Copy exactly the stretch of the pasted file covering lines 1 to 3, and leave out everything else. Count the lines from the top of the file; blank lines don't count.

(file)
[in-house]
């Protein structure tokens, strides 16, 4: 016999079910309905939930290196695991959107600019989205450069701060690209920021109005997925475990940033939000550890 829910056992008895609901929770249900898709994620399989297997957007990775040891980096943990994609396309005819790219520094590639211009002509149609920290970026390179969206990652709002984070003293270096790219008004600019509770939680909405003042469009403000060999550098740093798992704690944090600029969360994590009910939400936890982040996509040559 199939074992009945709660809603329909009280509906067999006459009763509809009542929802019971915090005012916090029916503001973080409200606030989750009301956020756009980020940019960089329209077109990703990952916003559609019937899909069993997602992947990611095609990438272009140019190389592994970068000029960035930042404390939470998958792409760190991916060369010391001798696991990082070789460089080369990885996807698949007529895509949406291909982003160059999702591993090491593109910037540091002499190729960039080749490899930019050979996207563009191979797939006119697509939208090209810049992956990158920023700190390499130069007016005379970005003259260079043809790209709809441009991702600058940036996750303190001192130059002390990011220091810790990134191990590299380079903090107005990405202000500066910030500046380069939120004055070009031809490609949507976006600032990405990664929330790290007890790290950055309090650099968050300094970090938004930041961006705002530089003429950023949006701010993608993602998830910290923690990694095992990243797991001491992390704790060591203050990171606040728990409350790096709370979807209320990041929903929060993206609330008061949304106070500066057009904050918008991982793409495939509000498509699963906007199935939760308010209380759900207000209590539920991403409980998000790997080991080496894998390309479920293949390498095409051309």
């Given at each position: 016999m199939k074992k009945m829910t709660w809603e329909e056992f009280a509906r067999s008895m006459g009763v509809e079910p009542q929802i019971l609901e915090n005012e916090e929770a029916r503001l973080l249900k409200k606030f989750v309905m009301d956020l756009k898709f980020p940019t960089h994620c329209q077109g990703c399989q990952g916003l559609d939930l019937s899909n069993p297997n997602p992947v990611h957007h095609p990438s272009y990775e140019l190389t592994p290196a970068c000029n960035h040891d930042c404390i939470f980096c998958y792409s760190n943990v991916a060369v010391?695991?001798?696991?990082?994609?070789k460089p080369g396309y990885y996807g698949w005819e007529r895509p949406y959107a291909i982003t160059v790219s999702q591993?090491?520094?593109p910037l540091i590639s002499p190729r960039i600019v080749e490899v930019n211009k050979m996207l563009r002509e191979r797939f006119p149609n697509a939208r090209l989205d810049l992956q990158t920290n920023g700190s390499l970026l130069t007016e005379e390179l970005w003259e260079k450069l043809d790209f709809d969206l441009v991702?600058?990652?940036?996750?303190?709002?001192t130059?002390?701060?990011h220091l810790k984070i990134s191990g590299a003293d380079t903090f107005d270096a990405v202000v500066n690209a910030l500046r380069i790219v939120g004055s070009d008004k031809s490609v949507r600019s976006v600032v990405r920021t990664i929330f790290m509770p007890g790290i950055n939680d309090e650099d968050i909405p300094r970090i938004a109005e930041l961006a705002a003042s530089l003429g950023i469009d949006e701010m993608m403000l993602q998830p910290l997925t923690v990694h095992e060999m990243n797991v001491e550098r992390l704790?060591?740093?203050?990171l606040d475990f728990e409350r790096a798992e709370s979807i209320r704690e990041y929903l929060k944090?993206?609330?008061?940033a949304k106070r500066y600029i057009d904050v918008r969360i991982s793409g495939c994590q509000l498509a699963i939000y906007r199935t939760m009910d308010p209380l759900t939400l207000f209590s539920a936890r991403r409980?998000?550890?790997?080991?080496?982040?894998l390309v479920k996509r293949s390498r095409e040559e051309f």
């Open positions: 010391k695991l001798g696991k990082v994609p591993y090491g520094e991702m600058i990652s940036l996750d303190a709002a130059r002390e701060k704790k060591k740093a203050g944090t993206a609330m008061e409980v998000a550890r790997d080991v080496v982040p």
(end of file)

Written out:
[in-house]
């Protein structure tokens, strides 16, 4: 016999079910309905939930290196695991959107600019989205450069701060690209920021109005997925475990940033939000550890 829910056992008895609901929770249900898709994620399989297997957007990775040891980096943990994609396309005819790219520094590639211009002509149609920290970026390179969206990652709002984070003293270096790219008004600019509770939680909405003042469009403000060999550098740093798992704690944090600029969360994590009910939400936890982040996509040559 199939074992009945709660809603329909009280509906067999006459009763509809009542929802019971915090005012916090029916503001973080409200606030989750009301956020756009980020940019960089329209077109990703990952916003559609019937899909069993997602992947990611095609990438272009140019190389592994970068000029960035930042404390939470998958792409760190991916060369010391001798696991990082070789460089080369990885996807698949007529895509949406291909982003160059999702591993090491593109910037540091002499190729960039080749490899930019050979996207563009191979797939006119697509939208090209810049992956990158920023700190390499130069007016005379970005003259260079043809790209709809441009991702600058940036996750303190001192130059002390990011220091810790990134191990590299380079903090107005990405202000500066910030500046380069939120004055070009031809490609949507976006600032990405990664929330790290007890790290950055309090650099968050300094970090938004930041961006705002530089003429950023949006701010993608993602998830910290923690990694095992990243797991001491992390704790060591203050990171606040728990409350790096709370979807209320990041929903929060993206609330008061949304106070500066057009904050918008991982793409495939509000498509699963906007199935939760308010209380759900207000209590539920991403409980998000790997080991080496894998390309479920293949390498095409051309």
């Given at each position: 016999m199939k074992k009945m829910t709660w809603e329909e056992f009280a509906r067999s008895m006459g009763v509809e079910p009542q929802i019971l609901e915090n005012e916090e929770a029916r503001l973080l249900k409200k606030f989750v309905m009301d956020l756009k898709f980020p940019t960089h994620c329209q077109g990703c399989q990952g916003l559609d939930l019937s899909n069993p297997n997602p992947v990611h957007h095609p990438s272009y990775e140019l190389t592994p290196a970068c000029n960035h040891d930042c404390i939470f980096c998958y792409s760190n943990v991916a060369v010391?695991?001798?696991?990082?994609?070789k460089p080369g396309y990885y996807g698949w005819e007529r895509p949406y959107a291909i982003t160059v790219s999702q591993?090491?520094?593109p910037l540091i590639s002499p190729r960039i600019v080749e490899v930019n211009k050979m996207l563009r002509e191979r797939f006119p149609n697509a939208r090209l989205d810049l992956q990158t920290n920023g700190s390499l970026l130069t007016e005379e390179l970005w003259e260079k450069l043809d790209f709809d969206l441009v991702?600058?990652?940036?996750?303190?709002?001192t130059?002390?701060?990011h220091l810790k984070i990134s191990g590299a003293d380079t903090f107005d270096a990405v202000v500066n690209a910030l500046r380069i790219v939120g004055s070009d008004k031809s490609v949507r600019s976006v600032v990405r920021t990664i929330f790290m509770p007890g790290i950055n939680d309090e650099d968050i909405p300094r970090i938004a109005e930041l961006a705002a003042s530089l003429g950023i469009d949006e701010m993608m403000l993602q998830p910290l997925t923690v990694h095992e060999m990243n797991v001491e550098r992390l704790?060591?740093?203050?990171l606040d475990f728990e409350r790096a798992e709370s979807i209320r704690e990041y929903l929060k944090?993206?609330?008061?940033a949304k106070r500066y600029i057009d904050v918008r969360i991982s793409g495939c994590q509000l498509a699963i939000y906007r199935t939760m009910d308010p209380l759900t939400l207000f209590s539920a936890r991403r409980?998000?550890?790997?080991?080496?982040?894998l390309v479920k996509r293949s390498r095409e040559e051309f």